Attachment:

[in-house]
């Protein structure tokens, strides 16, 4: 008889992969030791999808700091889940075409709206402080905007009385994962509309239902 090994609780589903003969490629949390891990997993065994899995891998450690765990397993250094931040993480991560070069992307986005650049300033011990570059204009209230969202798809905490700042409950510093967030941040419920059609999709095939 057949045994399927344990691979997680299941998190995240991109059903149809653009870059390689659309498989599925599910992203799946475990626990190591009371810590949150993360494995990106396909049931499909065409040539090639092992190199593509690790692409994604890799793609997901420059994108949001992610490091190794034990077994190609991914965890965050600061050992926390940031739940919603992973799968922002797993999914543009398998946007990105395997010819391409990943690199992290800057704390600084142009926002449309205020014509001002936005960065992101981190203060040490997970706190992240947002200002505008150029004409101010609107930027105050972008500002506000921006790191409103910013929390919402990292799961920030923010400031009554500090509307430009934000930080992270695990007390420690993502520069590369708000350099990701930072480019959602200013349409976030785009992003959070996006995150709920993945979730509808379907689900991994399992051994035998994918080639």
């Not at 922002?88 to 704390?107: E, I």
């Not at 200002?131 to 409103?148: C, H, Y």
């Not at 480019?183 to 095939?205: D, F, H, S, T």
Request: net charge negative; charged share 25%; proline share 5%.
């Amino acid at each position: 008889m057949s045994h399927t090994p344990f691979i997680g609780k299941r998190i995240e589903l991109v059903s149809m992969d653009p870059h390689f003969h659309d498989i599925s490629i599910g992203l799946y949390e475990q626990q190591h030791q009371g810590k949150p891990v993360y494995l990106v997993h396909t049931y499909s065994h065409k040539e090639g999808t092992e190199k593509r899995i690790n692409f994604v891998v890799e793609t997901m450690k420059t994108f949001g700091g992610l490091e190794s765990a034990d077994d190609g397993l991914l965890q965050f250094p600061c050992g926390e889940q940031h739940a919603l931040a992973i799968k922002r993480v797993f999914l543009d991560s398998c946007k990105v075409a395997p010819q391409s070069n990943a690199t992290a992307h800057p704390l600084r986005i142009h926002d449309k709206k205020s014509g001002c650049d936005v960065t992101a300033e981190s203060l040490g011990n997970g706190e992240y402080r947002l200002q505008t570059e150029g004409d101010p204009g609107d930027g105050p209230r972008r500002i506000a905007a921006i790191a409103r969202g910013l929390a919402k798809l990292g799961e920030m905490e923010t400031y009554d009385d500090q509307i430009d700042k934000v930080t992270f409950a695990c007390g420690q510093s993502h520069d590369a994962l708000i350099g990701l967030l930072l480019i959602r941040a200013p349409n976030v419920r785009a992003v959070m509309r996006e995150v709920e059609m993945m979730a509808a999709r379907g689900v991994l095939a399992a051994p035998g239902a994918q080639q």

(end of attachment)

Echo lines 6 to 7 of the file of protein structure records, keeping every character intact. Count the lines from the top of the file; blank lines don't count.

Request: net charge negative; charged share 25%; proline share 5%.
């Amino acid at each position: 008889m057949s045994h399927t090994p344990f691979i997680g609780k299941r998190i995240e589903l991109v059903s149809m992969d653009p870059h390689f003969h659309d498989i599925s490629i599910g992203l799946y949390e475990q626990q190591h030791q009371g810590k949150p891990v993360y494995l990106v997993h396909t049931y499909s065994h065409k040539e090639g999808t092992e190199k593509r899995i690790n692409f994604v891998v890799e793609t997901m450690k420059t994108f949001g700091g992610l490091e190794s765990a034990d077994d190609g397993l991914l965890q965050f250094p600061c050992g926390e889940q940031h739940a919603l931040a992973i799968k922002r993480v797993f999914l543009d991560s398998c946007k990105v075409a395997p010819q391409s070069n990943a690199t992290a992307h800057p704390l600084r986005i142009h926002d449309k709206k205020s014509g001002c650049d936005v960065t992101a300033e981190s203060l040490g011990n997970g706190e992240y402080r947002l200002q505008t570059e150029g004409d101010p204009g609107d930027g105050p209230r972008r500002i506000a905007a921006i790191a409103r969202g910013l929390a919402k798809l990292g799961e920030m905490e923010t400031y009554d009385d500090q509307i430009d700042k934000v930080t992270f409950a695990c007390g420690q510093s993502h520069d590369a994962l708000i350099g990701l967030l930072l480019i959602r941040a200013p349409n976030v419920r785009a992003v959070m509309r996006e995150v709920e059609m993945m979730a509808a999709r379907g689900v991994l095939a399992a051994p035998g239902a994918q080639q």